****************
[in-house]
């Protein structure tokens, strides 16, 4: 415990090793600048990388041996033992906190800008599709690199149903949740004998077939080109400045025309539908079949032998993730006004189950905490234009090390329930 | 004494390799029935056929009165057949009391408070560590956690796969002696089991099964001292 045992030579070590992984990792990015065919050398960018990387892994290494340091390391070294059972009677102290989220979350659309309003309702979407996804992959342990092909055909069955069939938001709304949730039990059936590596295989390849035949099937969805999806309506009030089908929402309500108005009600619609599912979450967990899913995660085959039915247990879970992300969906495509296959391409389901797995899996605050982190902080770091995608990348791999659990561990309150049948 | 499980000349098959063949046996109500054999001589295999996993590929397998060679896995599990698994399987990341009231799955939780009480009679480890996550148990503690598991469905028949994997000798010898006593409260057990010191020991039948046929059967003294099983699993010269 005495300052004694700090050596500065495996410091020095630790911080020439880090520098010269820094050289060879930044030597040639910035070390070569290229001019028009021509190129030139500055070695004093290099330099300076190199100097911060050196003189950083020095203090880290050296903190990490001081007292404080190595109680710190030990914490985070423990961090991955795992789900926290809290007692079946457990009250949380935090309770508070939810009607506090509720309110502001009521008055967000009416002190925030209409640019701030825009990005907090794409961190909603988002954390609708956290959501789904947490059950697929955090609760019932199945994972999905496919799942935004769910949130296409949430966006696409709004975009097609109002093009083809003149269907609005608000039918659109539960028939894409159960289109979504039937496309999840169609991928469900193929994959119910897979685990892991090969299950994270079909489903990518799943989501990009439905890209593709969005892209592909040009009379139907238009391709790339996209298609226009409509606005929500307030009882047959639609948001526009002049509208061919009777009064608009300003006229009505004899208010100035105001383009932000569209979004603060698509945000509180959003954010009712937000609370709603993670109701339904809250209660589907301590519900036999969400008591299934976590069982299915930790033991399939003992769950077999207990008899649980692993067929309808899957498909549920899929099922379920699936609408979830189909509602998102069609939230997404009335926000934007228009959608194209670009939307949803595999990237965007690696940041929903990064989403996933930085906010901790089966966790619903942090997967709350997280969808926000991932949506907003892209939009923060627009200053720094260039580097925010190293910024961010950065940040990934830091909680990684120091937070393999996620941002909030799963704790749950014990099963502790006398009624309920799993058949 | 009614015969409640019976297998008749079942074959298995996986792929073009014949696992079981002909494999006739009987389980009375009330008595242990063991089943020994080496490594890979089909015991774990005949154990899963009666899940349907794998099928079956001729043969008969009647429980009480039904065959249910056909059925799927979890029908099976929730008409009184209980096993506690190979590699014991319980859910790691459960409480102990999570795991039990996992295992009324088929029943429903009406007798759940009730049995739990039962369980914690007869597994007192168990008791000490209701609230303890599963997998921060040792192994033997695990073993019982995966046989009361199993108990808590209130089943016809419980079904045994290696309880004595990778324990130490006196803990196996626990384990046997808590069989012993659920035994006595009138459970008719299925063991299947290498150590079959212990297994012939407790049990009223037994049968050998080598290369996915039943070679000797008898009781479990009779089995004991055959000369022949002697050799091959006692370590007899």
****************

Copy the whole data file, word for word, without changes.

[in-house]
């Protein structure tokens, strides 16, 4: 415990090793600048990388041996033992906190800008599709690199149903949740004998077939080109400045025309539908079949032998993730006004189950905490234009090390329930 | 004494390799029935056929009165057949009391408070560590956690796969002696089991099964001292 045992030579070590992984990792990015065919050398960018990387892994290494340091390391070294059972009677102290989220979350659309309003309702979407996804992959342990092909055909069955069939938001709304949730039990059936590596295989390849035949099937969805999806309506009030089908929402309500108005009600619609599912979450967990899913995660085959039915247990879970992300969906495509296959391409389901797995899996605050982190902080770091995608990348791999659990561990309150049948 | 499980000349098959063949046996109500054999001589295999996993590929397998060679896995599990698994399987990341009231799955939780009480009679480890996550148990503690598991469905028949994997000798010898006593409260057990010191020991039948046929059967003294099983699993010269 005495300052004694700090050596500065495996410091020095630790911080020439880090520098010269820094050289060879930044030597040639910035070390070569290229001019028009021509190129030139500055070695004093290099330099300076190199100097911060050196003189950083020095203090880290050296903190990490001081007292404080190595109680710190030990914490985070423990961090991955795992789900926290809290007692079946457990009250949380935090309770508070939810009607506090509720309110502001009521008055967000009416002190925030209409640019701030825009990005907090794409961190909603988002954390609708956290959501789904947490059950697929955090609760019932199945994972999905496919799942935004769910949130296409949430966006696409709004975009097609109002093009083809003149269907609005608000039918659109539960028939894409159960289109979504039937496309999840169609991928469900193929994959119910897979685990892991090969299950994270079909489903990518799943989501990009439905890209593709969005892209592909040009009379139907238009391709790339996209298609226009409509606005929500307030009882047959639609948001526009002049509208061919009777009064608009300003006229009505004899208010100035105001383009932000569209979004603060698509945000509180959003954010009712937000609370709603993670109701339904809250209660589907301590519900036999969400008591299934976590069982299915930790033991399939003992769950077999207990008899649980692993067929309808899957498909549920899929099922379920699936609408979830189909509602998102069609939230997404009335926000934007228009959608194209670009939307949803595999990237965007690696940041929903990064989403996933930085906010901790089966966790619903942090997967709350997280969808926000991932949506907003892209939009923060627009200053720094260039580097925010190293910024961010950065940040990934830091909680990684120091937070393999996620941002909030799963704790749950014990099963502790006398009624309920799993058949 | 009614015969409640019976297998008749079942074959298995996986792929073009014949696992079981002909494999006739009987389980009375009330008595242990063991089943020994080496490594890979089909015991774990005949154990899963009666899940349907794998099928079956001729043969008969009647429980009480039904065959249910056909059925799927979890029908099976929730008409009184209980096993506690190979590699014991319980859910790691459960409480102990999570795991039990996992295992009324088929029943429903009406007798759940009730049995739990039962369980914690007869597994007192168990008791000490209701609230303890599963997998921060040792192994033997695990073993019982995966046989009361199993108990808590209130089943016809419980079904045994290696309880004595990778324990130490006196803990196996626990384990046997808590069989012993659920035994006595009138459970008719299925063991299947290498150590079959212990297994012939407790049990009223037994049968050998080598290369996915039943070679000797008898009781479990009779089995004991055959000369022949002697050799091959006692370590007899």